Up close with my district colleagues.

Setting the scene

I love visiting the offices of our Corporate Services. When you enter the room, the energy spikes. When I arrived today, Juleen immediately introduced me to their new colleagues, two young women who already looked comfortable in this office.  Before long we were talking about weight loss and why switching to sweet potato bread was a better alternative to traditional bread.

" Ah no... sweet potato bread? No... that can't be", said Nellie.

The sweet potato bread, recommended by one of our new recruits, was a serious distraction. Juleen got up from her seat to get her head around this story. She was clearly puzzled.

" And exactly how many slices of bread can you get from such a bread? How many slices of bread are there in a normal bread?"

Robin, another newish colleague who was also standing by now with a wad of documents in his hands, confidently stated that there are about twenty slices in a loaf. We had a crisis on our hands. Nellie was still not convinced about the sweet potato transforming into a loaf of bread while Juleen was baffled by the number of slices such a delicacy would render.

Then, from the eastern corner of the room, Izak Boonzaaier, said in his thunderous voice: "Man, twee snye brood is genoeg. Daar oppie plaas het my ma ons net twee dik snye gebakte brood virrie dag gegee en jy's idk virie hele dag. Jy'tie nog gesoekie."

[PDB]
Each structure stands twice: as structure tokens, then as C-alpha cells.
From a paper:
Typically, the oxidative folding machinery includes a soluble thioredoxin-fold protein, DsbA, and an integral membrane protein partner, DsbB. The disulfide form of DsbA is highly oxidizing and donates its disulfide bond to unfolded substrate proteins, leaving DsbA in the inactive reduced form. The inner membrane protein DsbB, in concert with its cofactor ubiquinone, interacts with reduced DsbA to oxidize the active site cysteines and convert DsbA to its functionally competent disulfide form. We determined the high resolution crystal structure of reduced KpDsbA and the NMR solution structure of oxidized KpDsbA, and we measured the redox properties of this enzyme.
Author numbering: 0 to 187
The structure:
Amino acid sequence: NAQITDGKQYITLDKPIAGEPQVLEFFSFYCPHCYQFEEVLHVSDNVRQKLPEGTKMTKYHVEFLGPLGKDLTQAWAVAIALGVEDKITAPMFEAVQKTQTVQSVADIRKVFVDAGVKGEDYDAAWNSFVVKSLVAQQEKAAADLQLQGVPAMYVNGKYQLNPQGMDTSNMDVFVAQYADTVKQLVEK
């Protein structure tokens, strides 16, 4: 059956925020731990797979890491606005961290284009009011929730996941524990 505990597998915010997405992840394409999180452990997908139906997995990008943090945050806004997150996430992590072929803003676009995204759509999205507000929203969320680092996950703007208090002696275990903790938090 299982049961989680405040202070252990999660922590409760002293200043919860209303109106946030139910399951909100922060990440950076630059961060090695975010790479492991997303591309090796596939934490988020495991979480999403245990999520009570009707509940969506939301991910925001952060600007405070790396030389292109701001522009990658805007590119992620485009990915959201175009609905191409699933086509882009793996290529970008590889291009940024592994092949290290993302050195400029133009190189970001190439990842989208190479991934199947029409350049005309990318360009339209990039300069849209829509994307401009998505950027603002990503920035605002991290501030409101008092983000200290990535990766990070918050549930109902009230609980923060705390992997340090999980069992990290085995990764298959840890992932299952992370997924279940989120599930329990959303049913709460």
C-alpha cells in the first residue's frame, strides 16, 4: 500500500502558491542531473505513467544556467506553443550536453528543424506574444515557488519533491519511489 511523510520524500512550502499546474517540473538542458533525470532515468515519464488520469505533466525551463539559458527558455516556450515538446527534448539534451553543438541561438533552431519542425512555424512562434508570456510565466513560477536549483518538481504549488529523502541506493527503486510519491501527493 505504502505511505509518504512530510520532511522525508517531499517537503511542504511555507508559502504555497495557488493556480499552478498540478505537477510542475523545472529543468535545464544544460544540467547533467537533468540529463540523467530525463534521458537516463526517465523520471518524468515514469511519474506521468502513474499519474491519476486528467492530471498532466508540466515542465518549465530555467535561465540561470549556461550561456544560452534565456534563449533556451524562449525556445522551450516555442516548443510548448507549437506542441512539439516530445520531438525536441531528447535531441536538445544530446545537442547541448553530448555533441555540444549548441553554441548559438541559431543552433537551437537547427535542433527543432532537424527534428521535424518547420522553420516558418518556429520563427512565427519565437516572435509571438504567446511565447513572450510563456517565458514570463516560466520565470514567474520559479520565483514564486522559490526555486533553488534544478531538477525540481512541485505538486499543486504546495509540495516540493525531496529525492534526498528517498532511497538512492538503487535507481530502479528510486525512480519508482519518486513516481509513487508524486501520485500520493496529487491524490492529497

loosely translated: two slices of bread are enough. On the farm, his mom used to give them two thick slices of home-baked bread that served as their food for the whole day. After eating the two slices of that bread, you definitely didn't need other food.)

Izak Bonzaaier, the storyteller, Rugby fanatic and Community man.


Izak helps me to picture the infamous Goliath. He is about 1,9m tall and his voice is deep and commanding ( read "scary" if you hear it for the first time). His physique is reminiscent of a rugby player, whose inactivity has earned him a handsome paunch.  Had I been a rival rugby player in Izak's time, I probably would have run to give him the rugby ball, that's if my knocking knees allowed me to get that far!  Thankfully,  our Izak is a gentle giant on all fronts.

Izak's response to the bread dilemma grabbed my attention. I was intrigued that he grew up on a farm. I pulled my chair closer to his desk and wanted to hear more.  In no time, we had turned back the clock about four decades.  We had left the Corporate offices and found ourselves on the farm in Franschhoek where the Izak lived with his farm labourer parents and siblings.